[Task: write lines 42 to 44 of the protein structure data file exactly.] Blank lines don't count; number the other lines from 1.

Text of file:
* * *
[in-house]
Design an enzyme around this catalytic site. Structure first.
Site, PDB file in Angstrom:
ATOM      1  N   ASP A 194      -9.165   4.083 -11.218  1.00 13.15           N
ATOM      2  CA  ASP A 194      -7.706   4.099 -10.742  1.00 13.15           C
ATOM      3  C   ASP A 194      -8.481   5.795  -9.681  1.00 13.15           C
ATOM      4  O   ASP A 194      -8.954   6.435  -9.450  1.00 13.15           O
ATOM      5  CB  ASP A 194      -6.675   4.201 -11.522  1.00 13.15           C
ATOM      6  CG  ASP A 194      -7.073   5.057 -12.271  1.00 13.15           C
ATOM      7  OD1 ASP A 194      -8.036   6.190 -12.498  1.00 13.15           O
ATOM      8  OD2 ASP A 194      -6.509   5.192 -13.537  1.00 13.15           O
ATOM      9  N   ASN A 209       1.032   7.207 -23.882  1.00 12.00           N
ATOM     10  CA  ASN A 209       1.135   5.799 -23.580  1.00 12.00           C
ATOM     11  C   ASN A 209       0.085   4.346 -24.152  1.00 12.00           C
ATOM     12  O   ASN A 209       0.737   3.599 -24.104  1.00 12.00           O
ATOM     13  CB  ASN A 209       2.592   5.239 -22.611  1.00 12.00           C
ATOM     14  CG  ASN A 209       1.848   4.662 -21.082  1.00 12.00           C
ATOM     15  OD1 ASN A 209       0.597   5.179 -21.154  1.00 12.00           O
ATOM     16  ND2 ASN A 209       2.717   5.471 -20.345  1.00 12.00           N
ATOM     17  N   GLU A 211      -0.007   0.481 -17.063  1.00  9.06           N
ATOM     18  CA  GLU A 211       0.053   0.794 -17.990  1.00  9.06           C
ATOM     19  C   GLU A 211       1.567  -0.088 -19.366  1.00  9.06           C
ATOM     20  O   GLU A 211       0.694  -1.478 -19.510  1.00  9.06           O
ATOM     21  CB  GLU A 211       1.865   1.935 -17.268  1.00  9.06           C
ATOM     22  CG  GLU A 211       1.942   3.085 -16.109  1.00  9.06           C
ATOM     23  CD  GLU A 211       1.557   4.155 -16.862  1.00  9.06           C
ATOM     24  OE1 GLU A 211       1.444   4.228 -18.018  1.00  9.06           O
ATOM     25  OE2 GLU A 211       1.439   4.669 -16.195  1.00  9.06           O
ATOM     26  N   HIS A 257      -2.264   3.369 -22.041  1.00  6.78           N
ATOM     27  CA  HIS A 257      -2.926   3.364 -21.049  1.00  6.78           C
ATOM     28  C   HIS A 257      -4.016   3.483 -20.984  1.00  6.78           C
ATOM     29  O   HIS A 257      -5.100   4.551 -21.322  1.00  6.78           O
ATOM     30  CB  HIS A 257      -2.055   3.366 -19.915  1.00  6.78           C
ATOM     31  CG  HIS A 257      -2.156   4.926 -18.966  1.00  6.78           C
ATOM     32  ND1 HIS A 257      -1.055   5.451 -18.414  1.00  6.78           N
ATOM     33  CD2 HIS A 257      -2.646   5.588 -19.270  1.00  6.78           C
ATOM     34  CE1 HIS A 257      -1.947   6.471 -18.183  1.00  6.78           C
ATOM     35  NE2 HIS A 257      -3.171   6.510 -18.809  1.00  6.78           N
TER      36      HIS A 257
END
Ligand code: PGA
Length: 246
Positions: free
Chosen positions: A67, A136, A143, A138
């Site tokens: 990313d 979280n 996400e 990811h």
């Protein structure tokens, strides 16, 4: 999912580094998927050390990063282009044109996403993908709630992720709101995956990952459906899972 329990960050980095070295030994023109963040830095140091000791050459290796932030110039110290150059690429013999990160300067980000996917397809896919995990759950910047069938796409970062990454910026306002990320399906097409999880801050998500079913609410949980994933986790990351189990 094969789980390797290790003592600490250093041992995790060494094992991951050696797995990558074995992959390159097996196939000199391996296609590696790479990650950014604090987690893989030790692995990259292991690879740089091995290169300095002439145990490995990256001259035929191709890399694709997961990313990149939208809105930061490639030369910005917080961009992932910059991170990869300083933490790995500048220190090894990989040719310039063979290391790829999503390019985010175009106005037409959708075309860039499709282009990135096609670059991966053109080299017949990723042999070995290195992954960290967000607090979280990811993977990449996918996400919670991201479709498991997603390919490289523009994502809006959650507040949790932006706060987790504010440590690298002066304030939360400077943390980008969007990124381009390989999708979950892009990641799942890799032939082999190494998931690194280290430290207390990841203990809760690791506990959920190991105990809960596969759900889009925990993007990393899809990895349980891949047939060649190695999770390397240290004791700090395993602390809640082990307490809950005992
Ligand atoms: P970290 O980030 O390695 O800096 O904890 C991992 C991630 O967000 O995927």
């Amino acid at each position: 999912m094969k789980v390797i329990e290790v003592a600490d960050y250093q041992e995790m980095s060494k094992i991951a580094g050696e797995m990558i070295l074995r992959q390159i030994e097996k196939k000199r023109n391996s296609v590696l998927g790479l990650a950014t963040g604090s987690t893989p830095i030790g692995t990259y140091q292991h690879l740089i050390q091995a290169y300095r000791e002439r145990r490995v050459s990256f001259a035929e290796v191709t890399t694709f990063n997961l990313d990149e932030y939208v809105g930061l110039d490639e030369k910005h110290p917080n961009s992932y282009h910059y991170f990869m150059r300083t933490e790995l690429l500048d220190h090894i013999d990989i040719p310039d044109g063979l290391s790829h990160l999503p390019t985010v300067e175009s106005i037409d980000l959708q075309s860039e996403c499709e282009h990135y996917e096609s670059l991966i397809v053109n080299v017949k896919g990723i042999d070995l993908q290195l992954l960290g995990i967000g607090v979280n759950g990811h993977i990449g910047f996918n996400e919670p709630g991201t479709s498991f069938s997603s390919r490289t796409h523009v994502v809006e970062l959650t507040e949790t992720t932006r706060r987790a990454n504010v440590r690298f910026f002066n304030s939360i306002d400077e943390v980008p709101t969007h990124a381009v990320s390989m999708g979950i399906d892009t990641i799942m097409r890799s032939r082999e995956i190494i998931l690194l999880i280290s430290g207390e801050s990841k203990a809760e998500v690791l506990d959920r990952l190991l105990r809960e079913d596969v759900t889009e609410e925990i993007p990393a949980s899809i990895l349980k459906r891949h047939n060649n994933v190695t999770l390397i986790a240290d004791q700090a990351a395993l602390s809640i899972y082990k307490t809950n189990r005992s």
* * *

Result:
Length: 246
Positions: free
Chosen positions: A67, A136, A143, A138